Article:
Food safety and temperature
Food safety regulations outlined in the Australian & New Zealand Food Standards Code, If your business involves dealing with potentially hazardous foods, whether in receiving, storing, processing, or transporting, then you must be able to prove that you have not exposed the food to this critical “Danger Zone” temperature range for too long.
No, we aren’t talking about Kenny Loggins.
This ‘Danger Zone,’ is the pivotal range between 5°C and 60°C where micro-biological activity comes to the forefront. Think of it as a hotspot for potential culinary challenges, where microorganisms find favourable conditions. On the other hand, cooling things down to below 5°C is a strategic move, a methodical step to slow down microbial growth. Heating food above 60°C will kill most microorganisms. It will not, however, remove the toxins that may have been introduced. Cooling food to below 5°C will almost stop the growth of microorganisms.
What is defined as "potentially hazardous" food?
Any food that may contain bacteria leading to food poisoning is classified as ‘potentially hazardous.’ This category encompasses a range of items, including meat, dairy products, seafood, processed fruits and vegetables (including salads), cooked rice and pasta, foods containing eggs, nuts, and other protein-rich foods, and items that incorporate these ingredients (e.g., sandwiches).
“A food business must, when storing potentially hazardous food, store it under temperature control. Australian & New Zealand Food Standards Code 3.2.2, Division 3, 6.2“
Time, Temperature, Food & You
Food faces the danger zone, but the key is to minimize exposure time. This affects different stages.
When receiving hot, cold, or frozen items, ensure they meet the required temperature. If outside the range, rejecting the shipment is advised as it’s unclear how long it’s been exposed to incorrect temperatures. Exceptions may apply if the food has travelled a short distance and was appropriately stored by the sender (seek additional advice).
Proper food handling, maintaining clean surfaces, personal hygiene, and a sanitised environment are fundamental to food safety. Consider the duration of food exposure to room temperature. A helpful practice is to remove small quantities of food from the fridge at a time and promptly return them.
Cooling food follows specific standards that outline maximum allowable time frames for temperature reduction:
- from 60°C to below 20°C within 2 hours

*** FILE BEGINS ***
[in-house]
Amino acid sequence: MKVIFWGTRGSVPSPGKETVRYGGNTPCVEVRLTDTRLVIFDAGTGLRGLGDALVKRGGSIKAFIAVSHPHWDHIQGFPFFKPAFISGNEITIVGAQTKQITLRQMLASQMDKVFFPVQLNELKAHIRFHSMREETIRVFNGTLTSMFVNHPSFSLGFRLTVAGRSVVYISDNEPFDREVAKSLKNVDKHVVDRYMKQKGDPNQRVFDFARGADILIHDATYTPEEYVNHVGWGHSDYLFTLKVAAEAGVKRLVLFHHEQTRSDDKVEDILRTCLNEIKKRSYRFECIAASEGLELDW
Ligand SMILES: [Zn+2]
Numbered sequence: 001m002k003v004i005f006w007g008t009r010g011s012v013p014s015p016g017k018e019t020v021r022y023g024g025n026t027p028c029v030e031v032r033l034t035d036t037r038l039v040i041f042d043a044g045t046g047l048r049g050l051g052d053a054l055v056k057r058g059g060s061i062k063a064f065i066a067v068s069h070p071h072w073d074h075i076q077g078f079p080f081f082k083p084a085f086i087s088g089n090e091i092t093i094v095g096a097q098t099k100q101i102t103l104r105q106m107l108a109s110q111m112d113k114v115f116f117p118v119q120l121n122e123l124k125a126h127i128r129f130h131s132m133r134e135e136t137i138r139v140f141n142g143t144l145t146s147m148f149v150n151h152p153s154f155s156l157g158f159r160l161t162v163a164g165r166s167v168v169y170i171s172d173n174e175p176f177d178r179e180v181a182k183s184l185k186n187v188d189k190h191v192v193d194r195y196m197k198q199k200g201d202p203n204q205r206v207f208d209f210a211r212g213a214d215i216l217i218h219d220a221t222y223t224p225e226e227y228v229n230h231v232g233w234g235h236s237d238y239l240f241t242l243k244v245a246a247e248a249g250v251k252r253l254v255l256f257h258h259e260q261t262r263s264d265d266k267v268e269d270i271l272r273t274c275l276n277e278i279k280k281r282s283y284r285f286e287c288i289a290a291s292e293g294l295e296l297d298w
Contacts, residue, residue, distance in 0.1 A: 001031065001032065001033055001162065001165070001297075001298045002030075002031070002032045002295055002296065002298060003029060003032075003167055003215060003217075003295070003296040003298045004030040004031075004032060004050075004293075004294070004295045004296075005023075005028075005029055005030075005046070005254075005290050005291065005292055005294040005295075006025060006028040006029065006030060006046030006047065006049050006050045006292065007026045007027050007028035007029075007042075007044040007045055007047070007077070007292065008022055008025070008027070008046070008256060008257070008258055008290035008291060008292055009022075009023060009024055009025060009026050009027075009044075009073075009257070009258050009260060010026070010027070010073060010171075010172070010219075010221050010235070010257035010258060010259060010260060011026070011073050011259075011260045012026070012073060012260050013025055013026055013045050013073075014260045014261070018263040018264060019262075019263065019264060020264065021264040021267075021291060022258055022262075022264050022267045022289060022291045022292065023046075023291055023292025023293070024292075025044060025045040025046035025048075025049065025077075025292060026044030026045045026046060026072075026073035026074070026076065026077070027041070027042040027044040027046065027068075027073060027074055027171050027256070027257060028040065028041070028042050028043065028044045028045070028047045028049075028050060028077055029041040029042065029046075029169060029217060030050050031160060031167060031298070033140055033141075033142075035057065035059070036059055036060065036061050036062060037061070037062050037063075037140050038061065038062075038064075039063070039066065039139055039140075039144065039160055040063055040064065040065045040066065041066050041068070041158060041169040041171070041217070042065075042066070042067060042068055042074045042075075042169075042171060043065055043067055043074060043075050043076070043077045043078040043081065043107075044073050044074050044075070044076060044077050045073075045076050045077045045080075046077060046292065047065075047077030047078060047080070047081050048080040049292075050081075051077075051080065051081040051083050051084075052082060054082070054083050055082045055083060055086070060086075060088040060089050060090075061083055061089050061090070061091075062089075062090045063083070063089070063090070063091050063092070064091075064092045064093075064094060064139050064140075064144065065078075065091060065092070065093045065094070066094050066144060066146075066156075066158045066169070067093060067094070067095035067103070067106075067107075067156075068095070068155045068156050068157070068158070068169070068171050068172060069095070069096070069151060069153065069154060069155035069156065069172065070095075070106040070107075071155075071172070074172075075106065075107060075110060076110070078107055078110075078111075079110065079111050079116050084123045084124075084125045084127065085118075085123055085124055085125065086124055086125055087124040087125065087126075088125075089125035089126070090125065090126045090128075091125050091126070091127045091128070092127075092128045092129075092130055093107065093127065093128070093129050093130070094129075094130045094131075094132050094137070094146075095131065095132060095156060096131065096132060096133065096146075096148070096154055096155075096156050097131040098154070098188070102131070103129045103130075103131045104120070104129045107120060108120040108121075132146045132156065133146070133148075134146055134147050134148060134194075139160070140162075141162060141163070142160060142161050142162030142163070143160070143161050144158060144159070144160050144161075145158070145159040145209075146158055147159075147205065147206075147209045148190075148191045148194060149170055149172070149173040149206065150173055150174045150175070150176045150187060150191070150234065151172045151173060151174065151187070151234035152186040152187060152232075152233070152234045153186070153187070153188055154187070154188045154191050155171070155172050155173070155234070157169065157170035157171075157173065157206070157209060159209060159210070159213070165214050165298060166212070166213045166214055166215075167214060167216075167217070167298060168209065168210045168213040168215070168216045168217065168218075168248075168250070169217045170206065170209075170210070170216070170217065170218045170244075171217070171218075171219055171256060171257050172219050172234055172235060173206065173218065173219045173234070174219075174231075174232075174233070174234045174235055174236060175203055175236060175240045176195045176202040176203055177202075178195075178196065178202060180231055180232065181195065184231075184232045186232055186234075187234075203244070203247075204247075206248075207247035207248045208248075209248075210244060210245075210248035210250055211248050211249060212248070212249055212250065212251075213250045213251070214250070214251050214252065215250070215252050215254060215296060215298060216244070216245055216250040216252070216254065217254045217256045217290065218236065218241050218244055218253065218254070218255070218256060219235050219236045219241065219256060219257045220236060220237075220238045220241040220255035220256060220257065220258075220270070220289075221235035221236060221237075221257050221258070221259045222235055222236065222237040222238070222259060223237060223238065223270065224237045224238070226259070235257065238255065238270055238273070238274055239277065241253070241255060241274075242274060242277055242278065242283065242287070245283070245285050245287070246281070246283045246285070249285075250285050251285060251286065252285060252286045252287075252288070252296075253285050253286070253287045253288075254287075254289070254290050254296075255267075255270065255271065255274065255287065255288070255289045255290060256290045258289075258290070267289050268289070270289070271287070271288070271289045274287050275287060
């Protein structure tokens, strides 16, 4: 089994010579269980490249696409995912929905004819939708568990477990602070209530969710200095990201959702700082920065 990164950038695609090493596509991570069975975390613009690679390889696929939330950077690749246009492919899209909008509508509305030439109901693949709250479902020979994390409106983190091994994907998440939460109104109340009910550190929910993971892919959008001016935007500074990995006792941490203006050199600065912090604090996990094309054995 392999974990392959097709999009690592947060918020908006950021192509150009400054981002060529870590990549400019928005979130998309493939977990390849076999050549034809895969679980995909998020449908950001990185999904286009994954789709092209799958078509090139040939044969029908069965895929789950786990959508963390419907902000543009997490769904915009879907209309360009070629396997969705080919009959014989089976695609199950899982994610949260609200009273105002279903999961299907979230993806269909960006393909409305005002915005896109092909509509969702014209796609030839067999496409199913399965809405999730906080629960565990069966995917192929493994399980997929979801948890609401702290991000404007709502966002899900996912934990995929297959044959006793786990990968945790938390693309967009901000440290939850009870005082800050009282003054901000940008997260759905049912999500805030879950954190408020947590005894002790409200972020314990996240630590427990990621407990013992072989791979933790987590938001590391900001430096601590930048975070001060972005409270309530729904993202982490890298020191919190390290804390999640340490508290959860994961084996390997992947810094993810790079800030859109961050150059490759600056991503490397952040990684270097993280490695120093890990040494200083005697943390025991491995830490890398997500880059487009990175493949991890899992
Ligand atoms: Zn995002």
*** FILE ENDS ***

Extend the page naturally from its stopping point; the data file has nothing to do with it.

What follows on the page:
- from 20°C to below 5°C within 4 hours
Container shape and size are critical factors in meeting these guidelines; opting for smaller containers and flat shapes is recommended over large or square block shapes. Slicing large meat chunks into smaller portions can also aid in efficient cooling. It’s important to note that achieving these time frames may be impossible if the fridge temperature is already at 5°C or higher; the fridge must be cooler than 5°C for the food to drop below 5°C in the specified time. Additionally, using an accurate HACCP-compliant thermometer (with an accuracy of 1°C or better) is essential.
For effective monitoring and auditing of food storage conditions, a temperature logger proves to be a quick and simple tool to ensure the constant operational status of fridges and freezers.
When serving food in the temperature range of 5°C to 60°C (e.g., at room temperature), warm it up as close to the serving time as possible. Implement procedures that provide clarity on when the food was brought out, facilitating a systematic approach to serving.
Ways to Monitor Temperature
There are a wide range of thermometers. Some of these include:
Every kitchen needs a probe thermometer to monitor the temperature inside dishes. Infra-red guns make it very easy to measure external temperatures but don’t necessarily provide an accurate indication of the internal temperature.
A food business must, at food premises where potentially hazardous food is handled, have a temperature measuring device that is readily accessible and can accurately measure the temperature of potentially hazardous food to +/- 1ºC.
Australian & New Zealand Food Standards Code 3.2.2, Division 6, 22
Thermometers should be strategically placed wherever potentially hazardous foods are stored. For a hassle-free and automated approach with readings automatically recorded, consider the use of temperature loggers. This not only saves time and effort but also serves as an independent and reliable auditor. When purchasing thermometers or temperature loggers, ensure they are HACCP compliant. This compliance necessitates an accuracy better than 1°C. If the accuracy is not clearly stated on the packaging, the product is not HACCP compliant.